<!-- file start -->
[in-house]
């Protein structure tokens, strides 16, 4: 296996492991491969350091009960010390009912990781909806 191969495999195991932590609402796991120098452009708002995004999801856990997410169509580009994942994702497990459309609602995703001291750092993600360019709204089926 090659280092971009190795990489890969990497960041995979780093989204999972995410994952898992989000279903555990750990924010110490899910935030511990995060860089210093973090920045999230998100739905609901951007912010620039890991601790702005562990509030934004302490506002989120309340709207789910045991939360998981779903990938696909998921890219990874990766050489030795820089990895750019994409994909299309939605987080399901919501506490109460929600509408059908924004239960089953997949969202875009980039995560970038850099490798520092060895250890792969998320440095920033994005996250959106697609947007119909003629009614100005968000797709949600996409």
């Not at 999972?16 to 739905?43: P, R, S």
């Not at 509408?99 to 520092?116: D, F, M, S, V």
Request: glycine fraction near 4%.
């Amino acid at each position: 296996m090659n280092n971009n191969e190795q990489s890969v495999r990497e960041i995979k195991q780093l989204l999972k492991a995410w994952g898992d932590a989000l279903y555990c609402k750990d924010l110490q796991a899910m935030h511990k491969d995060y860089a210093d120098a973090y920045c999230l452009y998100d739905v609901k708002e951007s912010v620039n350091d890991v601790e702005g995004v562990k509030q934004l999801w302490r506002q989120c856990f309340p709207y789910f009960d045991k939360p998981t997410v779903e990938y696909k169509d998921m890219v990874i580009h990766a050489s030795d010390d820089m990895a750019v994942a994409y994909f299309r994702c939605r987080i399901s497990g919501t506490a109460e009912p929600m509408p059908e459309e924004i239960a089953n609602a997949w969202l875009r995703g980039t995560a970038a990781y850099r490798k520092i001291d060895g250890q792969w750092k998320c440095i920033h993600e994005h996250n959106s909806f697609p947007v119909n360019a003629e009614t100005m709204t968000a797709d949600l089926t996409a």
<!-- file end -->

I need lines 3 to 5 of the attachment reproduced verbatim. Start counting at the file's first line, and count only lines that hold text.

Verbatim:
């Not at 999972?16 to 739905?43: P, R, S």
């Not at 509408?99 to 520092?116: D, F, M, S, V």
Request: glycine fraction near 4%.